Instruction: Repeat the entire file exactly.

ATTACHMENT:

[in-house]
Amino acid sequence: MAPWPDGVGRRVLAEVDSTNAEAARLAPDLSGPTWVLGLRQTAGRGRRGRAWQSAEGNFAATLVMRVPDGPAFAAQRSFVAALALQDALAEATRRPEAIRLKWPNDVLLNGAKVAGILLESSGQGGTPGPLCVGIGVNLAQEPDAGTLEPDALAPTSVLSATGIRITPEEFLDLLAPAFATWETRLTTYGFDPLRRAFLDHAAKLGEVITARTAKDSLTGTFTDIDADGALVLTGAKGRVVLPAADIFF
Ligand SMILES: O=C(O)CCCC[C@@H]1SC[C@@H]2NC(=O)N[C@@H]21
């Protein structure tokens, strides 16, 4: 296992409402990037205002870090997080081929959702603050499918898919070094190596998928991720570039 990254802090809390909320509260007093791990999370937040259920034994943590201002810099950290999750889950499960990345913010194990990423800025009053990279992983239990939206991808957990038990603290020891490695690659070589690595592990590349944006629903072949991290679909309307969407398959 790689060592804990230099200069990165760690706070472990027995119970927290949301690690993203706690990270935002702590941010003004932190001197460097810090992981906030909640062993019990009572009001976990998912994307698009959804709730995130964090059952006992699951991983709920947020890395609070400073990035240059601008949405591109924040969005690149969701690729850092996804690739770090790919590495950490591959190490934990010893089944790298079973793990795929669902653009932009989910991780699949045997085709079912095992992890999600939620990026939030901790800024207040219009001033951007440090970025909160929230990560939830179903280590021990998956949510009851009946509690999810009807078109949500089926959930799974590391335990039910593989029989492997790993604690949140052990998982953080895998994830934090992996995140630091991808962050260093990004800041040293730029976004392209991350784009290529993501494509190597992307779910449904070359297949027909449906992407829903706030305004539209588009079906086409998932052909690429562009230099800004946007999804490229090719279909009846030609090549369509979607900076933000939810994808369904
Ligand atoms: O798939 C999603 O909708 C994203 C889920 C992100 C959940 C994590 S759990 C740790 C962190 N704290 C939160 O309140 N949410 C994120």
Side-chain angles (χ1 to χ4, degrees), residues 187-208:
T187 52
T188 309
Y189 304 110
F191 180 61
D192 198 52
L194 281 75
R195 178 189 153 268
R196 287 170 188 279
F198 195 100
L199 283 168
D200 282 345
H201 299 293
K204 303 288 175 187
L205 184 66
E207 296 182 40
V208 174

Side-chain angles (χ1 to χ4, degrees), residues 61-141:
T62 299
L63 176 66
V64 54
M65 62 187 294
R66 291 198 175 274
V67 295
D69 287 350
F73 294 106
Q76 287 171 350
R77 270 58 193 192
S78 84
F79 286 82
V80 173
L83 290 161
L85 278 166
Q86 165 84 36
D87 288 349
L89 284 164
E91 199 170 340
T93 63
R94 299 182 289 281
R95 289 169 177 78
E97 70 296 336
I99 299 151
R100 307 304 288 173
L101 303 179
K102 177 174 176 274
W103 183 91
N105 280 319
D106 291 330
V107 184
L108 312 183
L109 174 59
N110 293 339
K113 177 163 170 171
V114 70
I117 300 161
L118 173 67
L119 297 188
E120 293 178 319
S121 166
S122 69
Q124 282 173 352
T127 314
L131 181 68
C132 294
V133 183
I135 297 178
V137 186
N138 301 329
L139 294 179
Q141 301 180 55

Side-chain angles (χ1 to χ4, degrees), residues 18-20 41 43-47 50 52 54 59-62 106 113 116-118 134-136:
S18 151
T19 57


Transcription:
[in-house]
Amino acid sequence: MAPWPDGVGRRVLAEVDSTNAEAARLAPDLSGPTWVLGLRQTAGRGRRGRAWQSAEGNFAATLVMRVPDGPAFAAQRSFVAALALQDALAEATRRPEAIRLKWPNDVLLNGAKVAGILLESSGQGGTPGPLCVGIGVNLAQEPDAGTLEPDALAPTSVLSATGIRITPEEFLDLLAPAFATWETRLTTYGFDPLRRAFLDHAAKLGEVITARTAKDSLTGTFTDIDADGALVLTGAKGRVVLPAADIFF
Ligand SMILES: O=C(O)CCCC[C@@H]1SC[C@@H]2NC(=O)N[C@@H]21
């Protein structure tokens, strides 16, 4: 296992409402990037205002870090997080081929959702603050499918898919070094190596998928991720570039 990254802090809390909320509260007093791990999370937040259920034994943590201002810099950290999750889950499960990345913010194990990423800025009053990279992983239990939206991808957990038990603290020891490695690659070589690595592990590349944006629903072949991290679909309307969407398959 790689060592804990230099200069990165760690706070472990027995119970927290949301690690993203706690990270935002702590941010003004932190001197460097810090992981906030909640062993019990009572009001976990998912994307698009959804709730995130964090059952006992699951991983709920947020890395609070400073990035240059601008949405591109924040969005690149969701690729850092996804690739770090790919590495950490591959190490934990010893089944790298079973793990795929669902653009932009989910991780699949045997085709079912095992992890999600939620990026939030901790800024207040219009001033951007440090970025909160929230990560939830179903280590021990998956949510009851009946509690999810009807078109949500089926959930799974590391335990039910593989029989492997790993604690949140052990998982953080895998994830934090992996995140630091991808962050260093990004800041040293730029976004392209991350784009290529993501494509190597992307779910449904070359297949027909449906992407829903706030305004539209588009079906086409998932052909690429562009230099800004946007999804490229090719279909009846030609090549369509979607900076933000939810994808369904
Ligand atoms: O798939 C999603 O909708 C994203 C889920 C992100 C959940 C994590 S759990 C740790 C962190 N704290 C939160 O309140 N949410 C994120």
Side-chain angles (χ1 to χ4, degrees), residues 187-208:
T187 52
T188 309
Y189 304 110
F191 180 61
D192 198 52
L194 281 75
R195 178 189 153 268
R196 287 170 188 279
F198 195 100
L199 283 168
D200 282 345
H201 299 293
K204 303 288 175 187
L205 184 66
E207 296 182 40
V208 174

Side-chain angles (χ1 to χ4, degrees), residues 61-141:
T62 299
L63 176 66
V64 54
M65 62 187 294
R66 291 198 175 274
V67 295
D69 287 350
F73 294 106
Q76 287 171 350
R77 270 58 193 192
S78 84
F79 286 82
V80 173
L83 290 161
L85 278 166
Q86 165 84 36
D87 288 349
L89 284 164
E91 199 170 340
T93 63
R94 299 182 289 281
R95 289 169 177 78
E97 70 296 336
I99 299 151
R100 307 304 288 173
L101 303 179
K102 177 174 176 274
W103 183 91
N105 280 319
D106 291 330
V107 184
L108 312 183
L109 174 59
N110 293 339
K113 177 163 170 171
V114 70
I117 300 161
L118 173 67
L119 297 188
E120 293 178 319
S121 166
S122 69
Q124 282 173 352
T127 314
L131 181 68
C132 294
V133 183
I135 297 178
V137 186
N138 301 329
L139 294 179
Q141 301 180 55

Side-chain angles (χ1 to χ4, degrees), residues 18-20 41 43-47 50 52 54 59-62 106 113 116-118 134-136:
S18 151
T19 57